Benefits of Building an Environment of Trust at Work — 4 Tips to Get You Started.
Do you trust your employees? Better yet, do they trust each other…and you? If everyone in the office is walking through a haze of suspicions, it may be time to focus on creating a culture of trust between employees, management, and everyone in between. Explore the benefits of a trusting work culture below, along with four ways you can start to build trust at work.
Benefits of a Trusting Work Culture
According to a Gallup study, employees who trust their organization are more engaged. This allows them to focus more on their work and less on what (or who) could be lurking around the corner with ill intent.
When employees can trust the people they work with and for, it causes a ripple effect of benefits. As trust builds, stress levels decrease. As employees feel more at ease with their coworkers, teamwork starts to become the norm instead of the exception. With better collaboration, productivity skyrockets.
Building trust is excellent for relationships and teamwork. But it also influences a company’s bottom line. Research shows that companies with a reputation for having high trusting work environments are two and a half times more likely than those who don’t to experience superior revenue growth.
Whether your motivation is cultural, financial, or both, developing a plan to build trust at work is a beneficial step to take.
How to Build Trust at Work
If you’re ready to create a culture of trust at work, start with these three tips.
1| Show you’re listening
Management often boasts of their strong communicative skills. However, employees often experience the opposite. Even if your door is open, are you listening?
Authentic communication is vital to building trust in the workplace. But many employers find themselves on the wrong end of the conversation. Instead of initiating and dictating workplace conversations, employers should be focused on creating a culture that invites employees to take the wheel. Team members should feel comfortable expressing concerns, setbacks, and constructive criticism to management in the hopes of brightening their future and improving the company as a whole.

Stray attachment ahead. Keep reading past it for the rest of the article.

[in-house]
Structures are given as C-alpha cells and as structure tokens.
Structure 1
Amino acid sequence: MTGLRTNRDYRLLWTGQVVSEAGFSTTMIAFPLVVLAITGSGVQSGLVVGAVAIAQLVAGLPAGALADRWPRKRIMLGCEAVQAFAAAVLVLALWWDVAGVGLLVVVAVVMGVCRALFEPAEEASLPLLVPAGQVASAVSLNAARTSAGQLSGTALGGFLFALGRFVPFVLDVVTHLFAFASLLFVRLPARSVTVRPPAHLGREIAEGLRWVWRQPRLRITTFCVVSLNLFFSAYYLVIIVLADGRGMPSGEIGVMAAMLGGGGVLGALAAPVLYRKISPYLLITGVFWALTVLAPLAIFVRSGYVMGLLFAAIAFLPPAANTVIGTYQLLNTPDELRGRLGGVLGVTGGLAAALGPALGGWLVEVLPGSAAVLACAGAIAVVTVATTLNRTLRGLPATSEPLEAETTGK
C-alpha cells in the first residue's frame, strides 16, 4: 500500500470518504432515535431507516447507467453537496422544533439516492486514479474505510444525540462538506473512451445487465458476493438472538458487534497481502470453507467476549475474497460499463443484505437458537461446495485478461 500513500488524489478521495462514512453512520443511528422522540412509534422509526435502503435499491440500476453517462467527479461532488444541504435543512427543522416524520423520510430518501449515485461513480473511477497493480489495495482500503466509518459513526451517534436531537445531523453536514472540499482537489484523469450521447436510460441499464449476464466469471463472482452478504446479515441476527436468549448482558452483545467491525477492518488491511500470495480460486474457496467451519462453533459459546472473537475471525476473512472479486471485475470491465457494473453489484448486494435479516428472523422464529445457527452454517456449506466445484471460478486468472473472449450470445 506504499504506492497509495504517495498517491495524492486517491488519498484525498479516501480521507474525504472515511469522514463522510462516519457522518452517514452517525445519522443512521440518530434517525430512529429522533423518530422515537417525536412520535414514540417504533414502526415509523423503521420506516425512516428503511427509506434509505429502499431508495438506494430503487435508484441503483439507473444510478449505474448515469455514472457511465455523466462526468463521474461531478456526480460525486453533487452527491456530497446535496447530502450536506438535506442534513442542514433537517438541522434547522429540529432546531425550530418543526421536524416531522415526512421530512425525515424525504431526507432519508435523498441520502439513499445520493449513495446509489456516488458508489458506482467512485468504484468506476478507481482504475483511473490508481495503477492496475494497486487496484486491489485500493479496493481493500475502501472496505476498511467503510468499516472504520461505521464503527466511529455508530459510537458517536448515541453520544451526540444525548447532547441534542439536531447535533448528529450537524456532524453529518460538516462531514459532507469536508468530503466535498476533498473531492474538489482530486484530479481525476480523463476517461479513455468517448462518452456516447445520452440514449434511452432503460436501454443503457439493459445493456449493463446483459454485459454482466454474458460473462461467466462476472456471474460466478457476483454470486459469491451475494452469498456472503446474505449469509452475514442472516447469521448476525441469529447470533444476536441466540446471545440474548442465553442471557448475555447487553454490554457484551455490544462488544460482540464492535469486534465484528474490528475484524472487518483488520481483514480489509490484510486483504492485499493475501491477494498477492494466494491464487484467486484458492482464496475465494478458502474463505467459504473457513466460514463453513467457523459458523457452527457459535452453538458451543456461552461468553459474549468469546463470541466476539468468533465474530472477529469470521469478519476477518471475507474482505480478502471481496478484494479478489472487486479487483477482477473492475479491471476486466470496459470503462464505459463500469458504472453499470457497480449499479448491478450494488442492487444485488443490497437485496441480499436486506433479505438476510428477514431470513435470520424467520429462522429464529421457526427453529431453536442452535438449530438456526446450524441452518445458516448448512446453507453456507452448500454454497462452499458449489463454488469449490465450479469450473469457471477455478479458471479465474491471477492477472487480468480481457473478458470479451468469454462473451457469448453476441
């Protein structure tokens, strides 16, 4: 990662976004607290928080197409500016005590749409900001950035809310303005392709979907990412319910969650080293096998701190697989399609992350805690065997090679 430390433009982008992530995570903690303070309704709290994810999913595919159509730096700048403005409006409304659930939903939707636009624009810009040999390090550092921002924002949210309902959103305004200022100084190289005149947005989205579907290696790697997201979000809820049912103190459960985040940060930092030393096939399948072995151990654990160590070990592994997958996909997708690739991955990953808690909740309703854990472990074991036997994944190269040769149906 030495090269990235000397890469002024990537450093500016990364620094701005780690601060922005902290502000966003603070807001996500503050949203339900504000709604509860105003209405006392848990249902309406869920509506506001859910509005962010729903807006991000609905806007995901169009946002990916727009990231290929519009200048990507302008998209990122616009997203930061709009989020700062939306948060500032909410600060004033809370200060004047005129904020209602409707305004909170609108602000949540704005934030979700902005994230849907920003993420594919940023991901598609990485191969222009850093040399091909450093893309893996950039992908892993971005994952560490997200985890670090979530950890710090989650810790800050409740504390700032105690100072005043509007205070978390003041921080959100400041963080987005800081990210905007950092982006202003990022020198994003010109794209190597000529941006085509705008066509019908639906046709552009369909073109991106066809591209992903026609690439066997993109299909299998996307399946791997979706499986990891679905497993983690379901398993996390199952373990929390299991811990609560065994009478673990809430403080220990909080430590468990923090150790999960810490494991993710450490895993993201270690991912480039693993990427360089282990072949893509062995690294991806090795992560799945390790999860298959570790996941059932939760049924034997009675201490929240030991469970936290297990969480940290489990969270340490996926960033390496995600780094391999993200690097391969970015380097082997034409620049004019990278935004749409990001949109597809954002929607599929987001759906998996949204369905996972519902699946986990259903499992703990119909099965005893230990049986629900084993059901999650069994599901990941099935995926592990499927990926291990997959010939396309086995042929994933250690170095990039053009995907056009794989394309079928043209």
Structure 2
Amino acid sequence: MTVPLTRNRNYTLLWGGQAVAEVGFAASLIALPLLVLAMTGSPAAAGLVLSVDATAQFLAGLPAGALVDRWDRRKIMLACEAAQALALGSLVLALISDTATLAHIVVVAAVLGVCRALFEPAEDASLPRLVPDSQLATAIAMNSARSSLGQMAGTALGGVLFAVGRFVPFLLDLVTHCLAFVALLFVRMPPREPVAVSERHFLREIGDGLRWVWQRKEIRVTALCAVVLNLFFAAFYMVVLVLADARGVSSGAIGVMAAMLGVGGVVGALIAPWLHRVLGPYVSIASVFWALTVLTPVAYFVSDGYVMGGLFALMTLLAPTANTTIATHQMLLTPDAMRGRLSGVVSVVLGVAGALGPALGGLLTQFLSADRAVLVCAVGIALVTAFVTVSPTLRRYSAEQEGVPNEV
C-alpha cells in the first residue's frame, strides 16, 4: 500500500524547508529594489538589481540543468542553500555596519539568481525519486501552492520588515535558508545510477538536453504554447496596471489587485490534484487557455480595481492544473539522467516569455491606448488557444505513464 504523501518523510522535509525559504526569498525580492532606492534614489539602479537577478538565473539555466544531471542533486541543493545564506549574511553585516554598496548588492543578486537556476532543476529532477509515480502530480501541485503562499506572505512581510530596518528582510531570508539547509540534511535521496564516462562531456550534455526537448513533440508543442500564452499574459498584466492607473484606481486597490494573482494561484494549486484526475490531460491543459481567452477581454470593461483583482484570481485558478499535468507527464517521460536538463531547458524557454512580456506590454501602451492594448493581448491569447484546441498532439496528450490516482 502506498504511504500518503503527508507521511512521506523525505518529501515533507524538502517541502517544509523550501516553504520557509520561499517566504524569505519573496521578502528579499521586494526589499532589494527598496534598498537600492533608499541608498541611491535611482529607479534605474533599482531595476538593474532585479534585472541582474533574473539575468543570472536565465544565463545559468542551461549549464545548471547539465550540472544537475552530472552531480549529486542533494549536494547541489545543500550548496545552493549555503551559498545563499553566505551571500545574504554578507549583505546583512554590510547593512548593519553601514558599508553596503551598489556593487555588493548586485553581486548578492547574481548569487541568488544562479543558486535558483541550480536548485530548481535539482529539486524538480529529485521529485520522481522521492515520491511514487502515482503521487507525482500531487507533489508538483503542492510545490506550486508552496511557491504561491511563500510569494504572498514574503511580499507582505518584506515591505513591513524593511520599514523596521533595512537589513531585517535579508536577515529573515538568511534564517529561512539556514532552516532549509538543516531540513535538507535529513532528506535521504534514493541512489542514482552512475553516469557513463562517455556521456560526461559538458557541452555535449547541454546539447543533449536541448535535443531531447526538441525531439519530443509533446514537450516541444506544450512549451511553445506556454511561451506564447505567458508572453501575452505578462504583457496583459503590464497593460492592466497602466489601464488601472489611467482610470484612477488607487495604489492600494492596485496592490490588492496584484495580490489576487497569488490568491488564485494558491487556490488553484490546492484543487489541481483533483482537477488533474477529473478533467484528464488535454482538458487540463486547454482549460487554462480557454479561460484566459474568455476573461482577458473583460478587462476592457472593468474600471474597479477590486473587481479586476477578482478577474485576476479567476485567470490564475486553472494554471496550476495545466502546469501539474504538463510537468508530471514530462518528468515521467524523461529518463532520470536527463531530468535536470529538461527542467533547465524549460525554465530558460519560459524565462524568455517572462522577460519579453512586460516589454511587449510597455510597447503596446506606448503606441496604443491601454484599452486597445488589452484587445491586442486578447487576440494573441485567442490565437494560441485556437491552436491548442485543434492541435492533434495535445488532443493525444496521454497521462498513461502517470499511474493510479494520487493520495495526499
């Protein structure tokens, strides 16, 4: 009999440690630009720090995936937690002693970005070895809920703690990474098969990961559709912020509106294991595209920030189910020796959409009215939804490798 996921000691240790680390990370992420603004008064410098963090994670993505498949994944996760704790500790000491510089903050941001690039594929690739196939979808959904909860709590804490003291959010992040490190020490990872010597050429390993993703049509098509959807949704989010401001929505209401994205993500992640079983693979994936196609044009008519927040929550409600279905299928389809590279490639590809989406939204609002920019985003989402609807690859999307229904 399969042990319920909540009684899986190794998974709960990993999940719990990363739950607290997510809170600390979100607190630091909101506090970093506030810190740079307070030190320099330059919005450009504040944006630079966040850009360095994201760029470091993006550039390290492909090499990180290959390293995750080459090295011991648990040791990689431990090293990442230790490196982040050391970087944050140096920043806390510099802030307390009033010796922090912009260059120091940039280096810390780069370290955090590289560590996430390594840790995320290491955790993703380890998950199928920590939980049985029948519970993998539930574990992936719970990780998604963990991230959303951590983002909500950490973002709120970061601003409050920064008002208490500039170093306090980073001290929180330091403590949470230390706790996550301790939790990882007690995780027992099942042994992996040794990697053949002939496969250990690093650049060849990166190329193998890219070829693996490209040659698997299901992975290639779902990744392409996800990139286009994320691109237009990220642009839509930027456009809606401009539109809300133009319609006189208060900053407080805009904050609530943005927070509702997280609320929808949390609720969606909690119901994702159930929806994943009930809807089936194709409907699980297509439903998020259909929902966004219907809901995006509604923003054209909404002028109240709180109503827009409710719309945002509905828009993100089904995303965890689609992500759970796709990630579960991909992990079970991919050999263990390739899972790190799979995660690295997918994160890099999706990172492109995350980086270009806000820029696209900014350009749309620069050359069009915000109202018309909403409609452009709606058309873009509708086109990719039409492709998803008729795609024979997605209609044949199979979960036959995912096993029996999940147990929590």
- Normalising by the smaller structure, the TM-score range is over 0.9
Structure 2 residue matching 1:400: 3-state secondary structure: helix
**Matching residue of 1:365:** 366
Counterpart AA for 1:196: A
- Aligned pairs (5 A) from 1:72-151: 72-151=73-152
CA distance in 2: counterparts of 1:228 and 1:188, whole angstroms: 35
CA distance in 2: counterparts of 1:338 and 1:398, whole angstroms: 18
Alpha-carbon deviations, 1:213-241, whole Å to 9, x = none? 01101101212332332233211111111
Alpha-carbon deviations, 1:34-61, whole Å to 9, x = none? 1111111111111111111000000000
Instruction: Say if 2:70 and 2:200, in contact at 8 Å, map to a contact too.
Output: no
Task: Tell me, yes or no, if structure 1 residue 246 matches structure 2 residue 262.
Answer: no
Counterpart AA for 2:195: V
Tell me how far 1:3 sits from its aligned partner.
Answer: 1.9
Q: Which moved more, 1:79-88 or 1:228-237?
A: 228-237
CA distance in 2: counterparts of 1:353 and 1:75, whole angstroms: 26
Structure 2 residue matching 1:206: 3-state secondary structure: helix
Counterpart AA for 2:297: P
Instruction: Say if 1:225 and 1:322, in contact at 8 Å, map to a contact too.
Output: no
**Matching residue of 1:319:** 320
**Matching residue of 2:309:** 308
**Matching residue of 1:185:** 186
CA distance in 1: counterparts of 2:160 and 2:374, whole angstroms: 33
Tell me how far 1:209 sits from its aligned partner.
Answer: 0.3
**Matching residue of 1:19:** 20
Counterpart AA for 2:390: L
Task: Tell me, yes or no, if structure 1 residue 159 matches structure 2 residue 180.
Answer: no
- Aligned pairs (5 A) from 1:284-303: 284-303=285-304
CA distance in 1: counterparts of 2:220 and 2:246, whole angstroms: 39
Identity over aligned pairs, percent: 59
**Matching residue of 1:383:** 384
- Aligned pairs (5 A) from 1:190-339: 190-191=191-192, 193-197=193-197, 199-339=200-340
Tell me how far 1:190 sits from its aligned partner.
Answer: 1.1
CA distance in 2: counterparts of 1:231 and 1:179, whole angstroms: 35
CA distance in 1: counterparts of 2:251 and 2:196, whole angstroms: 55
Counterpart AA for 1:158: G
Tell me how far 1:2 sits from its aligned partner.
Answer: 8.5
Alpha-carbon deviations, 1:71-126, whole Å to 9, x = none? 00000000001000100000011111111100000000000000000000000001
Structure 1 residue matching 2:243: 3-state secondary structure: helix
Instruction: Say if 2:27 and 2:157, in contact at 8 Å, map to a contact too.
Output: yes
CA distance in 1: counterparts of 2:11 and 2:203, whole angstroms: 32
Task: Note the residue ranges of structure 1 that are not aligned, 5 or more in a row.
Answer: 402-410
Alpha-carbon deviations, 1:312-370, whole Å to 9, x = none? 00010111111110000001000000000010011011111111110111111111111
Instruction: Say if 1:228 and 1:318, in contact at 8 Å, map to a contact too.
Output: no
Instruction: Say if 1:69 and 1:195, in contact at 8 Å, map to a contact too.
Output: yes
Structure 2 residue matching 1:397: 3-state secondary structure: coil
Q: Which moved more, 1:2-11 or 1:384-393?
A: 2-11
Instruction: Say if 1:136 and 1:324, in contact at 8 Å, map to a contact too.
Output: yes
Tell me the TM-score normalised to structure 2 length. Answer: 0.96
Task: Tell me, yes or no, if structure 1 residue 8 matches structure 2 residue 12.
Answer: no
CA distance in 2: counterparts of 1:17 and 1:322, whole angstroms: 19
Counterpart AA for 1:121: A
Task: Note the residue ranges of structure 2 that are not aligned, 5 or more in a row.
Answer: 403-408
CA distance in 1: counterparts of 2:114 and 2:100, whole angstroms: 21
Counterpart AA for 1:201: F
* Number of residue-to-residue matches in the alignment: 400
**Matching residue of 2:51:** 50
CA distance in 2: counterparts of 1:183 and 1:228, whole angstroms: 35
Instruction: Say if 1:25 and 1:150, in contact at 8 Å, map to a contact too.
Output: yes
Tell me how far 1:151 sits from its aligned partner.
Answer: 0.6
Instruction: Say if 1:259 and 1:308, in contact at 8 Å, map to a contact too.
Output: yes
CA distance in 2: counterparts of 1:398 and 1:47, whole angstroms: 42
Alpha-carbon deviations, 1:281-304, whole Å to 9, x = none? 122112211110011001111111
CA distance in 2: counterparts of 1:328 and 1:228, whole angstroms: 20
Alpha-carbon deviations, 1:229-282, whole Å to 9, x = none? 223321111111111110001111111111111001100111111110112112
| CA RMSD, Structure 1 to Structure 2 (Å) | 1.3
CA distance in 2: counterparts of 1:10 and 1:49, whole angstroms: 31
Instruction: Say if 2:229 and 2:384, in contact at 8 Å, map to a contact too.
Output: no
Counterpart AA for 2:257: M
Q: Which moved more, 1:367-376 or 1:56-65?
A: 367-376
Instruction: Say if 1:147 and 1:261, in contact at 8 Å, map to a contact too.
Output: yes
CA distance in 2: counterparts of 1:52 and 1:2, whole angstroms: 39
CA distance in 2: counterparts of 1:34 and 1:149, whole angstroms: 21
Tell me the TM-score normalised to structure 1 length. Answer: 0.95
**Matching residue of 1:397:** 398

The next time an employee comes to you, make sure you’re genuinely listening to their concerns. Whatever your response is, live up to it and follow up with your employee down the line.
2| Focus on personal growth
Employees know that you expect them to grow in their positions. But do you encourage them to grow outside the workplace as well?
When you recognize that employees are multi-dimensional and cater to their desires, both professional and personal, you create a safe culture that encourages growth and trust.
How you want to communicate this is up to you. You can provide benefits that promote healthy and strong lifestyles or work from home opportunities that provide employees with better work and life balance. Choose something that says you care more about reports when it comes to your team. Show you want the best for them, at work and beyond.
3| Be transparent
Practice professional transparency. You don’t need to spill the details about your personal life but remain transparent about work matters. Rumors spread quickly, and it’s best to be honest before gossip runs rampant. It’s difficult to trust an employer who always seems to be covering up a scandal or holding something back.
Whether you need to let your staff know about a data breach that’s about to go public or a new client contract that’s going to catapult growth, share all news that affects employees, positive and negative.
4| Lead by example
If you want to build trust in your team, then lead by example and show your team that you trust them and others. This means trusting your team and not micromanaging them. Most micromanagement is rooted in distrust. Productivity has been proven to decrease when you are breathing down your team member’s necks. You did your due diligence when hiring, training and guiding your team, now it’s time to trust your own management skills and trust the people you manage.
Never forget that your team members are always watching and taking cues from you so take the opportunity to show them what trust in others really looks like.
Remember that trust is built through actions, not words. Just saying that you want to create a trustworthy work environment isn’t enough. Proclaim your intent but act accordingly. As you and your team make progress, you’re sure to reap the rewards of building trust at work.
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